You’ve put in months of swim training, biked every road in your town, left no running trail untouched. You are ready for race day. But now you are lined up at the start of your big event staring at waves crashing and breaking over the beach, foaming like a mad animal. Sure, body surfing these waves on a weekend trip to the ocean can bring the kid out in you, but knifing through them at the swim start can prove challenging if you don’t know what you’re doing.
There are a few tricks of the trade when it comes to getting past the swelling waves. Like last week’s tip that covered running through water, the best and fastest way to cut through the waves may feel counter intuitive. Check out this week’s video with expert triathlon coaches, including demonstrations on how to make the waves work for you.
Without the help of pious powers, us mortal folk have to learn how to run in water for those land swim starts. But with these handy tricks, you'll be through the water faster than greased lightning.
Buoys not only guide the swim course, but also give us a marker to sight. Check out this video to get an insight into how the elites sight the best possible swim routes.
Racing in heat can make or break an athlete on race day, but if you prepare properly it doesn't have to slow you down. Check out this week's training tip with Jan Frodeno to learn how to keep your cool with things heat up.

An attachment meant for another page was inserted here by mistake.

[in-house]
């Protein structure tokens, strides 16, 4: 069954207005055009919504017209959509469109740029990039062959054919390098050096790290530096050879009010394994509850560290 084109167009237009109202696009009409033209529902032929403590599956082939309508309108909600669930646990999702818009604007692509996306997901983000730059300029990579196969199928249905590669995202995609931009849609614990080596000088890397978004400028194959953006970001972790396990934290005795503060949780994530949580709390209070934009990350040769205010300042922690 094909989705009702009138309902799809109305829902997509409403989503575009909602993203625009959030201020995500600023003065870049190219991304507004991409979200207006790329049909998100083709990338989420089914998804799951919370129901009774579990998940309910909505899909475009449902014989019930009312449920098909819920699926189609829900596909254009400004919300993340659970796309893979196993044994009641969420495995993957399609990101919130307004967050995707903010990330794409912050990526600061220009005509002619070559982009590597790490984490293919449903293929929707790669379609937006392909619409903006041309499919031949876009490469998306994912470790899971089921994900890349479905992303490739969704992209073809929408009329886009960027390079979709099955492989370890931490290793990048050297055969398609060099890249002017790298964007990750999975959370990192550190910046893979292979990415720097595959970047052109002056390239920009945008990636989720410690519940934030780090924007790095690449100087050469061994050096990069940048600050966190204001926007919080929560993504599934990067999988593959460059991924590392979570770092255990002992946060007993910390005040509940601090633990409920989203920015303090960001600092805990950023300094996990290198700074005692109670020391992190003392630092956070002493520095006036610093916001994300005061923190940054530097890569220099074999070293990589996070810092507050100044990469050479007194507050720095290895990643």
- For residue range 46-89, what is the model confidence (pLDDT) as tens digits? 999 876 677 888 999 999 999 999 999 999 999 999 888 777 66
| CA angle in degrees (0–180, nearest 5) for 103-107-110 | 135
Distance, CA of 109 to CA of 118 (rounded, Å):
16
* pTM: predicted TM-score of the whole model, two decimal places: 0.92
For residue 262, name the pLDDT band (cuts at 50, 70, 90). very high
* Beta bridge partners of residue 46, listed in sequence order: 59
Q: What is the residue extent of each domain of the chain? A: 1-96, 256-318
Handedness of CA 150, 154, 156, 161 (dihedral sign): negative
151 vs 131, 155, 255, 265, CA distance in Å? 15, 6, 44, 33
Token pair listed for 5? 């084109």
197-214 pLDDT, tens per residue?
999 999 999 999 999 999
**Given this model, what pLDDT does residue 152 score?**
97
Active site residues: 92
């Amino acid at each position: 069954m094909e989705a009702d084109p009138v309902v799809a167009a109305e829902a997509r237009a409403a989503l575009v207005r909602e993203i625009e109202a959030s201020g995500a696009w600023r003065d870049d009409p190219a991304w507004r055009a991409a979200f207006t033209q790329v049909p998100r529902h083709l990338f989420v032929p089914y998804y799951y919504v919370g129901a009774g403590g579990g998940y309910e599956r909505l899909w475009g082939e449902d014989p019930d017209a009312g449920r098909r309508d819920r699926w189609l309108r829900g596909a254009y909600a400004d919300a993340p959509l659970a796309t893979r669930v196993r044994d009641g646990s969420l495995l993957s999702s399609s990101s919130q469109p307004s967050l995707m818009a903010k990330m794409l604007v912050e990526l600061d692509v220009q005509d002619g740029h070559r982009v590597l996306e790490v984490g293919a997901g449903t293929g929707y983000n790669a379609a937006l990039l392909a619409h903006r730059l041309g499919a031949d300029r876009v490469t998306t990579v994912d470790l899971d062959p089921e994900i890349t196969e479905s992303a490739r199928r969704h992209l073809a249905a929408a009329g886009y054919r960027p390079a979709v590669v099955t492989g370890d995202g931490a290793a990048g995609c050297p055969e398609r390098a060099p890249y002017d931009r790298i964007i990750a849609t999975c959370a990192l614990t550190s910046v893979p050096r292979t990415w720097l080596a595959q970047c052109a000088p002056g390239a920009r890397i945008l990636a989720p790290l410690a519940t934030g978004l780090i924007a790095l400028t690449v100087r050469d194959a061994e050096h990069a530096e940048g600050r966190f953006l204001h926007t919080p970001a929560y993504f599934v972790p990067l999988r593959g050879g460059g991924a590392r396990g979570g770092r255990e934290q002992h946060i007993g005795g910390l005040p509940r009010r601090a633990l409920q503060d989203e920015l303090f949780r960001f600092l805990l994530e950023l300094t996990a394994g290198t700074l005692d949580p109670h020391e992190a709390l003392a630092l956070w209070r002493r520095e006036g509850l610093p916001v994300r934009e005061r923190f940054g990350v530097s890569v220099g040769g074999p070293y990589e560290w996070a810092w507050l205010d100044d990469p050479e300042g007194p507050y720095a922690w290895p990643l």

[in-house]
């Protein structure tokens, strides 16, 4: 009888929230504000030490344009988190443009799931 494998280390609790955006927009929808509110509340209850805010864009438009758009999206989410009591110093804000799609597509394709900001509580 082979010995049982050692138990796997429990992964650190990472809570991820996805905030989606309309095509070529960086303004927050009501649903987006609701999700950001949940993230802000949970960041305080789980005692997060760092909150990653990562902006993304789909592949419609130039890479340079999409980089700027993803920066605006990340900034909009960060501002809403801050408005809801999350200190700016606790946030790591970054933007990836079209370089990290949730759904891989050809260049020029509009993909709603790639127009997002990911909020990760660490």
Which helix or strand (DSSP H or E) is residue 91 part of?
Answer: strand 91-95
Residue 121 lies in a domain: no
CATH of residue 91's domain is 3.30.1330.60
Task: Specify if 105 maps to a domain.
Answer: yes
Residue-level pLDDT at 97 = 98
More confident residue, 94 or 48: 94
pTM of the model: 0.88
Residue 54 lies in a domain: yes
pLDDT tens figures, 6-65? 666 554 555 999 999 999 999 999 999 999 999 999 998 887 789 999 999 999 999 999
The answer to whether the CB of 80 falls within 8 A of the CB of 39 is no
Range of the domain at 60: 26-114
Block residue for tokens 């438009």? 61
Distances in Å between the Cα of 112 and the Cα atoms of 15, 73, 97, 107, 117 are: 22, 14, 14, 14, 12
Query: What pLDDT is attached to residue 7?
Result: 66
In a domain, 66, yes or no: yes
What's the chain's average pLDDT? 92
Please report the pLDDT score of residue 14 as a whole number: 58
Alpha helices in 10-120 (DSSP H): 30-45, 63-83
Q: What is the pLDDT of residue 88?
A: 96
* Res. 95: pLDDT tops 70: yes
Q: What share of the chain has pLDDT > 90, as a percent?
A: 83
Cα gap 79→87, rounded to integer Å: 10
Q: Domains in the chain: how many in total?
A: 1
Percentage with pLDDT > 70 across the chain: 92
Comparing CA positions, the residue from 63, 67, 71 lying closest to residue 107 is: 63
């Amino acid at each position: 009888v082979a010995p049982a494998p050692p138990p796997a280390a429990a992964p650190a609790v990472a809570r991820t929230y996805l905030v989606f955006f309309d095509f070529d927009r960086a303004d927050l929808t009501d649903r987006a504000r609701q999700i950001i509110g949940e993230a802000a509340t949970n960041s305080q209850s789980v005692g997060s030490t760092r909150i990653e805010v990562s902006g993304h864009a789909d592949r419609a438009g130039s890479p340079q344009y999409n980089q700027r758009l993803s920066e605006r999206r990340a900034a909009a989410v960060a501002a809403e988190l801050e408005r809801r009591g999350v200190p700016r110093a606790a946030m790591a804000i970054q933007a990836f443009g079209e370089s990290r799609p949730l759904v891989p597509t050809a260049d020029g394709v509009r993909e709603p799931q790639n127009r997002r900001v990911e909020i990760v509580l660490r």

This week, we take a look back at some essential triathlon training tips from the past. In this video, Olympian and 2011 ITU World Champion Helen Jenkins helps you out with some tips on swim exit.
As the saying goes, all good things must come to a close. Today we bring you the last part of this video training tip series with advice on the finish itself.
Whether you are a veteran triathlete or just revving up for your first sprint, here are a few tips from everyone can benefit from even if you aren't heading to San Diego.
With just a few videos left in this training tip series, this week we take a look at foot positioning, rhythm, and the efficient use of muscles on the run.
If we have said it before, we’ll say it again. A strong core is key to having a strong triathlon. It’s also important for preventing and staving off old injuries, especially on the run.